Episode 84: The Wellbeing Wardrobe, how we can realise a post-growth fashion industry
- "Wellbeing Wardrobe" research report
- Emphasizing the need for systemic change within the fashion industry
- Breakdown of the roles and responsibilities of the three key stakeholders
- Exploration of the four guiding principles of the "Wellbeing Wardrobe" concept
Welcome to episode 84 of the Fashion Unearthed Podcast. Today's podcast is on something I'm really into, which is systems change. Sounds a bit boring, but I love all the nuts and bolts and levers that go on behind why things happen and the systems and processes behind things. I'm a firm believer that if we don't change the systems, we'll never make fashion truly sustainable. Today, we'll go into a research report done recently on how exactly to move through this liminal space that everyone's in this process of change into a better way of doing things in the fashion industry.
Before I get into that, I wanted to mention that I will be doing an online webinar, my first webinar on the 31st of October at 12:00 PM Australian Eastern Daylight Savings Time. Where I'll be talking about Reinventing Retail, and how businesses are adapting and evolving. I'll be showing some examples of other businesses as well as some insights into what's happening at the retail level in London in terms of visual merchandising and different inspiring things happening, so that as a business owner, you can be inspired, hopefully by some of the initiatives. Also, walk away, there are some new ideas on how to keep things moving in your own business. If you do need a bit of knowledge about what's happening in this space and are feeling a bit stale and not knowing what to do next, you can head to my website, belindahumphrey.com, and you'll find the registration for Reinventing Retail in the shop.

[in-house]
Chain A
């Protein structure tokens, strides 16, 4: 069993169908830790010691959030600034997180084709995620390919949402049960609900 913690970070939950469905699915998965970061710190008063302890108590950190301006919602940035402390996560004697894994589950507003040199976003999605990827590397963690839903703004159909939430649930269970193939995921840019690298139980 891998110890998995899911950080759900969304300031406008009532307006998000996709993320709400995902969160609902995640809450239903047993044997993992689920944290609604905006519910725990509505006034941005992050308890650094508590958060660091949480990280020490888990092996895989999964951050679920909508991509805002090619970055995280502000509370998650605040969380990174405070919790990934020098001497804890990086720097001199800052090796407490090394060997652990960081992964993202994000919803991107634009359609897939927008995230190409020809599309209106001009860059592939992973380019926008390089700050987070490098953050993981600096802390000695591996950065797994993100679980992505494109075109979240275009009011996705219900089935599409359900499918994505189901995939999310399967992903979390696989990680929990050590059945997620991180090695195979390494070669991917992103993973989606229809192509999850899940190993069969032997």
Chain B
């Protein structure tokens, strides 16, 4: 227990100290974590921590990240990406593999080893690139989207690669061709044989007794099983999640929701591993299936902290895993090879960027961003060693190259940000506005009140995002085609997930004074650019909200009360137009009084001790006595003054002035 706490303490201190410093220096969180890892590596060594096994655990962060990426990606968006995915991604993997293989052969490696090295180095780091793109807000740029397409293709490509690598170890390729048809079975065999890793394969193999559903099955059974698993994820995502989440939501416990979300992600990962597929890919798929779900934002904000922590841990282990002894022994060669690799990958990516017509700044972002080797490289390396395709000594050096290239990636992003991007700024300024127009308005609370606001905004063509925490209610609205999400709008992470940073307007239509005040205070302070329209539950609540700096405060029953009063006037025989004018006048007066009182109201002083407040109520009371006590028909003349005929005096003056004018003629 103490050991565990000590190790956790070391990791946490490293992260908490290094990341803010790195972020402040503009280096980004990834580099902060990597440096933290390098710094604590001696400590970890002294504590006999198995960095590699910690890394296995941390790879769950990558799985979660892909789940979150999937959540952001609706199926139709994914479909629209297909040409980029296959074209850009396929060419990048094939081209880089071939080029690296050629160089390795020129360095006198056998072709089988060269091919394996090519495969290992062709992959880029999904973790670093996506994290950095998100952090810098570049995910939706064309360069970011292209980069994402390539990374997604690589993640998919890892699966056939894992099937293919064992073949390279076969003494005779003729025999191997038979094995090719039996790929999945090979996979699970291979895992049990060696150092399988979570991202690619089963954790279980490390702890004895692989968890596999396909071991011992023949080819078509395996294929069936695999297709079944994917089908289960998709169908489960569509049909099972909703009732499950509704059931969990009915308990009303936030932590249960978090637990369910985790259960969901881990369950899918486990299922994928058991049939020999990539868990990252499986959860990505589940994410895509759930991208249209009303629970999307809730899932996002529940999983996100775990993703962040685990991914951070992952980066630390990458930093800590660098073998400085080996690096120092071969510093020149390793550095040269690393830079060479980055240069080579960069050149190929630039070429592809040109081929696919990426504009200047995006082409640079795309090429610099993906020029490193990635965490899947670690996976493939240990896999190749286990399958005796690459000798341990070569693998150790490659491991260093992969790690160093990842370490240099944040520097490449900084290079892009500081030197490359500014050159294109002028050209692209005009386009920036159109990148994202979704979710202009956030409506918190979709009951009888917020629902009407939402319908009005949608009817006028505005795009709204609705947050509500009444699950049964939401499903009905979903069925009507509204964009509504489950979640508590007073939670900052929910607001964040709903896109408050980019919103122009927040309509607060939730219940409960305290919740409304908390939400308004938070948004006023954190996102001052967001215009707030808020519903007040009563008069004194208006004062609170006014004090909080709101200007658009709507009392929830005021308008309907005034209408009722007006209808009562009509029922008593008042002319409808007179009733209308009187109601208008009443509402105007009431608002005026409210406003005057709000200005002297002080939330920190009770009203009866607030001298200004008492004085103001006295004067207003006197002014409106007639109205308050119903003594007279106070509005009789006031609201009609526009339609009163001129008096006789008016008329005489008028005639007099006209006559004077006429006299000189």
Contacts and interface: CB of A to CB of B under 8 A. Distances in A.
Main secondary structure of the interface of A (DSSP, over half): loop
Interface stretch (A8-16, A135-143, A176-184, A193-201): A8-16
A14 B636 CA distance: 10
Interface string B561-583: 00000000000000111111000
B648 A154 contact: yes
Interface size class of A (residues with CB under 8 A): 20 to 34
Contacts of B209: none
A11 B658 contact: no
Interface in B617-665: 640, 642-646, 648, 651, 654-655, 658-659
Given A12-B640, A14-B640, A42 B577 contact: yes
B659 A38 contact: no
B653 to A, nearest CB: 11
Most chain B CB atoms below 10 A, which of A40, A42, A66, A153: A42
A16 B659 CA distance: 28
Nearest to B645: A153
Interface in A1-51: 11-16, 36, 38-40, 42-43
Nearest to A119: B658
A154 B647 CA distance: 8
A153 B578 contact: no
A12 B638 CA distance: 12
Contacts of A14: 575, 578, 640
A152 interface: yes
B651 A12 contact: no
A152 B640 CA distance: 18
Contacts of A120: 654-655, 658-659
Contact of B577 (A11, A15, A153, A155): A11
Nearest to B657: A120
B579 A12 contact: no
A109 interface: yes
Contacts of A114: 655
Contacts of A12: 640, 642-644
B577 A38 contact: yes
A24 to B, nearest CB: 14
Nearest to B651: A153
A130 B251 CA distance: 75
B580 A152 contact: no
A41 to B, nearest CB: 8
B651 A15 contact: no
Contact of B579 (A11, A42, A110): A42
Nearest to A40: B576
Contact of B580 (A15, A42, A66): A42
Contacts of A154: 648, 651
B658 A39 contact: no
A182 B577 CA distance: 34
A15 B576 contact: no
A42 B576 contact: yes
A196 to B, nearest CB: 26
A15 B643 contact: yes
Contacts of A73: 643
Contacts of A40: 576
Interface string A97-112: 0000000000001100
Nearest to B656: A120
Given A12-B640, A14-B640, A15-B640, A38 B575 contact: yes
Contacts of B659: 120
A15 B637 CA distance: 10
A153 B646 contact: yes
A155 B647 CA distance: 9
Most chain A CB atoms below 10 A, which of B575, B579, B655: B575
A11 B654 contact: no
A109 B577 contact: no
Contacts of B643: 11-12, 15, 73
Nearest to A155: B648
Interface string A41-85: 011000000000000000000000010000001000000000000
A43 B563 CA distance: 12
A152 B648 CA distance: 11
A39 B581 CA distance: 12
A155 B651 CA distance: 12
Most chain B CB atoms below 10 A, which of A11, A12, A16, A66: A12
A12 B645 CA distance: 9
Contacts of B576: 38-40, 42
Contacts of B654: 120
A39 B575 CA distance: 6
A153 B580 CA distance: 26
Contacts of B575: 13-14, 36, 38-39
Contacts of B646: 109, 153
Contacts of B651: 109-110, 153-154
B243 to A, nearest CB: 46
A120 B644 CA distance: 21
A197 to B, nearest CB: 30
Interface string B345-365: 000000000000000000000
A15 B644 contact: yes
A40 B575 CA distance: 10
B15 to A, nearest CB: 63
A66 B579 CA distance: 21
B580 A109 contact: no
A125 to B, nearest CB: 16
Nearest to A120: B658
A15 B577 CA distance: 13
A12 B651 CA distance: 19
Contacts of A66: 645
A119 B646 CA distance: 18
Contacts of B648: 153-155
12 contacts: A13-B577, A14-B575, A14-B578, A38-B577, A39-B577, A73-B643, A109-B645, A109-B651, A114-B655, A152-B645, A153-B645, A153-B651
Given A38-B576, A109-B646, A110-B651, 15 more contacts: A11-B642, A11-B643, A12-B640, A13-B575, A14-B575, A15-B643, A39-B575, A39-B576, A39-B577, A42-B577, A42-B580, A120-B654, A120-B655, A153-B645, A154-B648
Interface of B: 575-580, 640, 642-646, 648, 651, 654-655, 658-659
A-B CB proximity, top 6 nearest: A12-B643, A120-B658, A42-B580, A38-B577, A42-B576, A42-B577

Today I wanted to talk about a report called Wellbeing Wardrobe, a Wellbeing Economy for the Fashion and Textile sector. The concept of Wellbeing Wardrobe was developed by the Institute for Sustainable Futures at the University of Technology, Sydney, in collaboration with Rasmus University in Rotterdam and London University. The research was funded by the European Environmental Bureau, and the idea stemmed from the vision of a fashion industry that is oriented towards a well-being economy. It was commissioned because of a sentiment that many of the current sustainability initiatives in the fashion industry are still based on growth but called green growth. They still put economic opportunity before environmental concerns. Essentially, businesses are still tinkering around the edges without fundamentally overhauling how they operate.
While some may argue that some of the initiatives provide some progress, they ultimately fail to create enough change for the industry to reduce material consumption or prevent the unnecessary disposal of clothing and textiles. In real terms, this means that the carbon emissions are still increasing as well as the use of natural resources as well as biodiversity loss. The aim of the report was to explore how we can achieve a post-growth fashion industry, one that isn't obsessed with growing all the time. They found that this will require far-reaching reforms beyond the fashion industry and a reconceptualization of societal roles and responsibilities. It led them to focus on the well-being economy, and they applied this to the fashion industry using the concept of a well-being wardrobe to examine a new way forward for fashion in which we favour human and environmental well-being over the growing consumption of fashion.